Miwa: Aha. Becoming freelancer is getting one of the career paths for Japanese people especially young Japanese, 20’s or 30’s people.
Tim: And it’s amazing to look at how different it is now because only 10 years ago, the Japanese politicians were complaining about the needs and saying they’re bad for the economy, and everyone should go back and work and now from Abe and down, “No, freelancers are important for the economy. They’re the future of Japan.”
Miwa: Yes. You know very well. That’s right. Even in METI, even in Japanese government, they have kind of special workshop to think about how they can develop the freelancers.
Tim: It’s amazing how quickly attitudes can change in Japan.
Miwa: That’s right. We often hear the word “hatarakikata-kaikaku” working style revolution. It’s really new word.
Tim: Okay. So, there are more than 35,000 women that are registered on this, what’s sort of skills are most in demand now?
Miwa: The most popular one is PR and Marketing.
Tim: And is it more traditional style of Japanese PR and Marketing, or is it the more modern social media marketing?
Miwa: Some of them are professional about traditional PR, but some of them have the professional skill sets about web marketing.
Tim: That makes sense to me. I mean, that’s something that’s very in demand now by a lot of companies.
Miwa: Yes, that’s right.
Tim: And on the client side, is there a particular industry you’re targeting, a particular type of business that uses Waris?
Miwa: 70% of them are startups.
Tim: 70% are startups?
Miwa: Yes. that’s right. They have really limited resources, so they like to get the professional — they did not need a full time professional. They would like to use professional temporarily or as a project work.
Tim: That is so encouraging. Over the last five years, we’ve really seen a Start-up eco-system developing in Tokyo where there are more and more start-ups whose client base are other start-ups. If that was 15 years ago, that would have been impossible. There weren’t enough start-ups for it. For the workers, are they mostly in the cities? In the suburbs? Are they in the countryside? Where are they?
Miwa: Almost all women are living in Tokyo or around Tokyo. From last year, we started our business in Nagoya and in Fukuoka as well. So, we have a small number of women in this two areas.
Tim: From the client side, the customer acquisition, the hiring companies, there are lots and lots of recruiting companies in Japan. There are lots of kind of crowd funding sites, why the companies look to Waris? Why they want to hire women from these positions? I mean, I’m not saying they shouldn’t hire women for these positions, but Waris is a women only jobs matching. So, what is the attraction of Waris and hiring these women over any of the other sites?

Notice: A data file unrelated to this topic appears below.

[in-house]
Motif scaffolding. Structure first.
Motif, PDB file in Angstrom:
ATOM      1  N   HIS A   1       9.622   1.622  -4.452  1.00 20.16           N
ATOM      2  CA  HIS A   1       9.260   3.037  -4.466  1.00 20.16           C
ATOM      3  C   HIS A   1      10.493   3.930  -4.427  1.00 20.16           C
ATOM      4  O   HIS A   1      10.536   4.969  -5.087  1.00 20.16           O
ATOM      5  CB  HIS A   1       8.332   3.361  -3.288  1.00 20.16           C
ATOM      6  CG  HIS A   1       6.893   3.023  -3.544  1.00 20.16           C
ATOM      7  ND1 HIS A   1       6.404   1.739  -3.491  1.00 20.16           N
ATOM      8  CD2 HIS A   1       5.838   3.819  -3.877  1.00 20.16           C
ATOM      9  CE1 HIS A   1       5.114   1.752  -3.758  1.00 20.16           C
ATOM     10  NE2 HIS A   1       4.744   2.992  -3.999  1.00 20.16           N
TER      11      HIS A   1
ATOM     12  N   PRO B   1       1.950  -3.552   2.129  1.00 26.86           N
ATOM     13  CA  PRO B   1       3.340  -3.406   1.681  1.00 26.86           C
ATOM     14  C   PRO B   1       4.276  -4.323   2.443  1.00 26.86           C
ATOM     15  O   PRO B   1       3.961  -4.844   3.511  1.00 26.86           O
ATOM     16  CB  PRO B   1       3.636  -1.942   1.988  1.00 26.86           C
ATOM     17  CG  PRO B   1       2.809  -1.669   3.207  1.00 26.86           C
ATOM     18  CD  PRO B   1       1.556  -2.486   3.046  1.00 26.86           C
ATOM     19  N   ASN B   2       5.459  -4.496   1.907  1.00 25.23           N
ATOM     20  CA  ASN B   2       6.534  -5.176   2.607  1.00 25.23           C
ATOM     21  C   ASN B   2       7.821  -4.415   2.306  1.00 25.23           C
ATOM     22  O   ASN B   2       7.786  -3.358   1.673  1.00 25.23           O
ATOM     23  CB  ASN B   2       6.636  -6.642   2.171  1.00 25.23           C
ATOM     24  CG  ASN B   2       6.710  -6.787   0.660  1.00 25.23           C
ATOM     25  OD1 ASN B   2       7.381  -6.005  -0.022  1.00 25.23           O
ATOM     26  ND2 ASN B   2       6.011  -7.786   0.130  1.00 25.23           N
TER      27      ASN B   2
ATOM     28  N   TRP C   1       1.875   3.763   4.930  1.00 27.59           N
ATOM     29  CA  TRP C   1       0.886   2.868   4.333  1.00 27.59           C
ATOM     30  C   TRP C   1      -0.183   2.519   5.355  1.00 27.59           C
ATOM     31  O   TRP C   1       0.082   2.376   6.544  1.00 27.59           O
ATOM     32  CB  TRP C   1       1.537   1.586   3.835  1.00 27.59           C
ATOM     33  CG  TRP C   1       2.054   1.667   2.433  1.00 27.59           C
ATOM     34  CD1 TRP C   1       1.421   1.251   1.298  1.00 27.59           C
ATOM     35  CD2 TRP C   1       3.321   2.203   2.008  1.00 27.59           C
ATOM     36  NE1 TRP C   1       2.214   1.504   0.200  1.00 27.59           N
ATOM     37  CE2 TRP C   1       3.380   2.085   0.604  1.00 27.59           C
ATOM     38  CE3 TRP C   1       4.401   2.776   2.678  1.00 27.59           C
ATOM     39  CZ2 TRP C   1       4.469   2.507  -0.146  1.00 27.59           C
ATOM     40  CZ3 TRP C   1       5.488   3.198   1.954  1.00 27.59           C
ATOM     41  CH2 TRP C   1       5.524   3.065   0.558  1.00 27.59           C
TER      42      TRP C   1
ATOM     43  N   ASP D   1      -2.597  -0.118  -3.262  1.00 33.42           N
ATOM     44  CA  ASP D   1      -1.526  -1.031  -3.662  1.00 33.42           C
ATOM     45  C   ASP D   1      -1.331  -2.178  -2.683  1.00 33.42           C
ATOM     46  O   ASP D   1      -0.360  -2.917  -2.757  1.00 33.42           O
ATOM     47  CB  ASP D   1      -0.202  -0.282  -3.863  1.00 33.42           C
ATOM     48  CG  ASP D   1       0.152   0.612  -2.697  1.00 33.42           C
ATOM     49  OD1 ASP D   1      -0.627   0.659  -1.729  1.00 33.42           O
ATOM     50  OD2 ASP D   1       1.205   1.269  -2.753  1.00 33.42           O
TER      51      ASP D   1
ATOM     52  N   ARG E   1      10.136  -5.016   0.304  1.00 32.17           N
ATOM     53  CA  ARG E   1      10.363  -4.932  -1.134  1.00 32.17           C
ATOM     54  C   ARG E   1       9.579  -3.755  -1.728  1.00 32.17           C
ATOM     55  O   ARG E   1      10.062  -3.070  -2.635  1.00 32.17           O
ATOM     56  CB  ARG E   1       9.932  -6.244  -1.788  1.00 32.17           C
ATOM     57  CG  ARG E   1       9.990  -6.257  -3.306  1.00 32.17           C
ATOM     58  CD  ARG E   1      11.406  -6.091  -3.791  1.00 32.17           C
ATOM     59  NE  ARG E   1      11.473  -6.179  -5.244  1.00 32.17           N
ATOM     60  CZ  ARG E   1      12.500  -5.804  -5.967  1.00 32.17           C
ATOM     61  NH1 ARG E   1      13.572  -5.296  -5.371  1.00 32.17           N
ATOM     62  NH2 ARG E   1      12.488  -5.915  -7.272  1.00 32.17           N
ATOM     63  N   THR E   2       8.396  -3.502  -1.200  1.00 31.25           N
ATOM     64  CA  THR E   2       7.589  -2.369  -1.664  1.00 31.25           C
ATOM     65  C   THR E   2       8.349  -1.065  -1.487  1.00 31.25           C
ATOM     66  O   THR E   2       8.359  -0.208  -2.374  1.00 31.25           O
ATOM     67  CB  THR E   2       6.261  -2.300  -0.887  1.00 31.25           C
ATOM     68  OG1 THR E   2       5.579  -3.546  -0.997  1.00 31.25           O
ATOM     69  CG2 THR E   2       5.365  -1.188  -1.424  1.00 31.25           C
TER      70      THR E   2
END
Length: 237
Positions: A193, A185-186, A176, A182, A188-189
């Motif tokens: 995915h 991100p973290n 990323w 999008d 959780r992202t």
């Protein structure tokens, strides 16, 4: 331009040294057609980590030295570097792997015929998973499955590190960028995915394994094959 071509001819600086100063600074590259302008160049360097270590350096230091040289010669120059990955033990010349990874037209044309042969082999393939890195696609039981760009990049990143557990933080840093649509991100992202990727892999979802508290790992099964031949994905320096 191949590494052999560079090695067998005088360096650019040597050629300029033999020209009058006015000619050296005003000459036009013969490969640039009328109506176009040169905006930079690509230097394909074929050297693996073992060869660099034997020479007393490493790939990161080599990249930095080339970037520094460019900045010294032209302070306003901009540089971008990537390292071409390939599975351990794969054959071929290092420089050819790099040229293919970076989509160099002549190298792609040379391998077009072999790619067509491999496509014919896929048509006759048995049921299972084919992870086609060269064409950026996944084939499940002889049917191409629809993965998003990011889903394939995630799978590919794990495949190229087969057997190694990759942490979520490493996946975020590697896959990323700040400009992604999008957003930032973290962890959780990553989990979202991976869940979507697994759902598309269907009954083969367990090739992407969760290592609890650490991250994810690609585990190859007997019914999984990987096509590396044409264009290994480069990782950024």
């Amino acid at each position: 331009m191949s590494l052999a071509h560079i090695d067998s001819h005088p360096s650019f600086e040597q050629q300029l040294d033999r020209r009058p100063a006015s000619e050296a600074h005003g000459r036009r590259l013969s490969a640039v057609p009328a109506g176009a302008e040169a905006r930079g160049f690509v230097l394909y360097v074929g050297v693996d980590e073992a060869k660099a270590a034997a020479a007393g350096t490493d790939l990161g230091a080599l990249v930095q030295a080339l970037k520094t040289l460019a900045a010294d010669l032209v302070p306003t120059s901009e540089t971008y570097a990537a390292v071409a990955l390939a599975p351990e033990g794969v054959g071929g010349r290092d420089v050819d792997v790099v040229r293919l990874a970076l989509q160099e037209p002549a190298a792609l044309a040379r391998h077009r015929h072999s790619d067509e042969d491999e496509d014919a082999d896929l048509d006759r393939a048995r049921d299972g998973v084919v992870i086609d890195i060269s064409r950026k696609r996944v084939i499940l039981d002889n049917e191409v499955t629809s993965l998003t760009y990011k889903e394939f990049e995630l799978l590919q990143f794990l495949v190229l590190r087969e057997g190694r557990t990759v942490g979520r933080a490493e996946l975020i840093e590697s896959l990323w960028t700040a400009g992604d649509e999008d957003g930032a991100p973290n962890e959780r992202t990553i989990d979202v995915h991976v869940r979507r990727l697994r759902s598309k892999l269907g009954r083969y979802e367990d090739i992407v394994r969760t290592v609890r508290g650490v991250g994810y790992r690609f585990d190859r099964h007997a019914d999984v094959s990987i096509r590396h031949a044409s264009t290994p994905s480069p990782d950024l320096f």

Miwa: I think one of the biggest point is professional by contract. In some cases, they like to work with female professional. I mean, if they like to create some kind of new product for women, they like to work with female professional who have appropriate knowledge about marketing or PR.
Tim: So, many of your clients as well are companies that are targeting women?
Miwa: Not all, but some of them are yes.
Tim: Okay. So, you and your co-founders launched this, — Wow, it’s almost 4 years ago now.
Miwa: Yes, 2013, April.
Tim: Okay. So, you’ve been growing fast since then, but with recruting and job boards and everything so competitive in Japan and everywhere, how did you get the word out? What was your marketing strategy both to reach the women who wanted jobs and to reach the clients and companies who could employ them?
Miwa: We were focusing on the professional women, the average age of the registrants is 38, so they could be kind of leaders and managers. They have a really professional skill set.
Tim: And how did you reach them? How did they find out about you? Did you do social media? Let’s say, articles and magazines?
Miwa: Still, no. 30% of them are coming by word of mouth.
Miwa: Yes. Because when we started our business, the co-founders were searching these kind of targets around us, among our friends, or the friends of them.
Tim: Okay. So, really just networking and calling up friends and going to events and things like that?
Miwa: Yes, that’s right. So, face to face and we talked about our passion about this business and we get in touch with these kind of women. In Japan, they didn’t have such a kind of service, so we were really rare and we were really attractive for them. So, they talk with their friends about us.
Tim: Well, that’s fantastic when word of mouth can drive that much business and that much growth.
Miwa: Yes, and of course we used social media and of course, we approached a lot of Japanese old media like TV, magazine, newspaper, and a lot of writers and editors who are really interested in our business because our business was really helpful for Japanese society.
Tim: Okay. So, you’ve got a lot of positive press attention and word of mouth and that’s fantastic. You have a community of working women together on the platform, do you monetize in other ways than simply job matching? Do you run events? Do you do affiliate sales?
Miwa: Currently, job matching is our main business, but we also have the consulting service for Japanese companies to promote diversity.
Tim: What are those engagements look like? What kind of consulting?